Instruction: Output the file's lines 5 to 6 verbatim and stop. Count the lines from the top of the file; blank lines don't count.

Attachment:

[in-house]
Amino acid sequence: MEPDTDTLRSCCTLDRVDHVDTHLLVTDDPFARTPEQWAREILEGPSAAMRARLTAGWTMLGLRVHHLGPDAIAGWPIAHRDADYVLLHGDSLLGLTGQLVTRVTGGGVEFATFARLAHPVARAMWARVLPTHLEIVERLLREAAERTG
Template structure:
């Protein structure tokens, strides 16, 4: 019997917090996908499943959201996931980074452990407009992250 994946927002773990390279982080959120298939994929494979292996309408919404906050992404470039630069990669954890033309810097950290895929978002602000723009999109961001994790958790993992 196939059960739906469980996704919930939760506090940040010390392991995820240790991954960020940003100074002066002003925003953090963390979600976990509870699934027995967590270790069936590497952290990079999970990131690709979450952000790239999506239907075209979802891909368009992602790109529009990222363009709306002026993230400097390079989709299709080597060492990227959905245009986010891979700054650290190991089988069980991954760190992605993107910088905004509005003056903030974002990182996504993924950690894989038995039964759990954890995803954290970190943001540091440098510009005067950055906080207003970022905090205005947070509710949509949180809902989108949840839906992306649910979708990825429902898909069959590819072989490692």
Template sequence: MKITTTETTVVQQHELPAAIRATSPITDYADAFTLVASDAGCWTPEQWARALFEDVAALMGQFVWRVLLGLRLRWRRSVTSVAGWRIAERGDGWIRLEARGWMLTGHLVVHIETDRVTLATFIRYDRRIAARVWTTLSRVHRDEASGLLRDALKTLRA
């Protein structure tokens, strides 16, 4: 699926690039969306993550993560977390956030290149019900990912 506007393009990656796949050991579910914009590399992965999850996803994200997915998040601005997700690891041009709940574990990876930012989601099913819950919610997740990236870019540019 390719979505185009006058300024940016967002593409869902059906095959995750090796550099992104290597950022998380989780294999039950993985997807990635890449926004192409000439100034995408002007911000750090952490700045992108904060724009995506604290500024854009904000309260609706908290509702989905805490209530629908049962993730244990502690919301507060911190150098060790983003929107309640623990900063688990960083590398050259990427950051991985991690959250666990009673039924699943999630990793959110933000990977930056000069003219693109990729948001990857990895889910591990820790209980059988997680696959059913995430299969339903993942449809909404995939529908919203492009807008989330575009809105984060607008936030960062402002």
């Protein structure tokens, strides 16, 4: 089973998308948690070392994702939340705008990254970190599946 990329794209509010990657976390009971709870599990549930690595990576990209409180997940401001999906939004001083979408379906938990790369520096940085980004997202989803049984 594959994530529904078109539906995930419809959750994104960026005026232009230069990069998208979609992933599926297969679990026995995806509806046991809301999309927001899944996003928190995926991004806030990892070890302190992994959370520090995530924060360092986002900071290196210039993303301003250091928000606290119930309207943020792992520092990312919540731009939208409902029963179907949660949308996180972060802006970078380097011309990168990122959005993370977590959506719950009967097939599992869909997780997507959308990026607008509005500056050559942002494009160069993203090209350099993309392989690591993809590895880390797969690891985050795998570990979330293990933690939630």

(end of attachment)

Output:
Template sequence: MKITTTETTVVQQHELPAAIRATSPITDYADAFTLVASDAGCWTPEQWARALFEDVAALMGQFVWRVLLGLRLRWRRSVTSVAGWRIAERGDGWIRLEARGWMLTGHLVVHIETDRVTLATFIRYDRRIAARVWTTLSRVHRDEASGLLRDALKTLRA
């Protein structure tokens, strides 16, 4: 699926690039969306993550993560977390956030290149019900990912 506007393009990656796949050991579910914009590399992965999850996803994200997915998040601005997700690891041009709940574990990876930012989601099913819950919610997740990236870019540019 390719979505185009006058300024940016967002593409869902059906095959995750090796550099992104290597950022998380989780294999039950993985997807990635890449926004192409000439100034995408002007911000750090952490700045992108904060724009995506604290500024854009904000309260609706908290509702989905805490209530629908049962993730244990502690919301507060911190150098060790983003929107309640623990900063688990960083590398050259990427950051991985991690959250666990009673039924699943999630990793959110933000990977930056000069003219693109990729948001990857990895889910591990820790209980059988997680696959059913995430299969339903993942449809909404995939529908919203492009807008989330575009809105984060607008936030960062402002």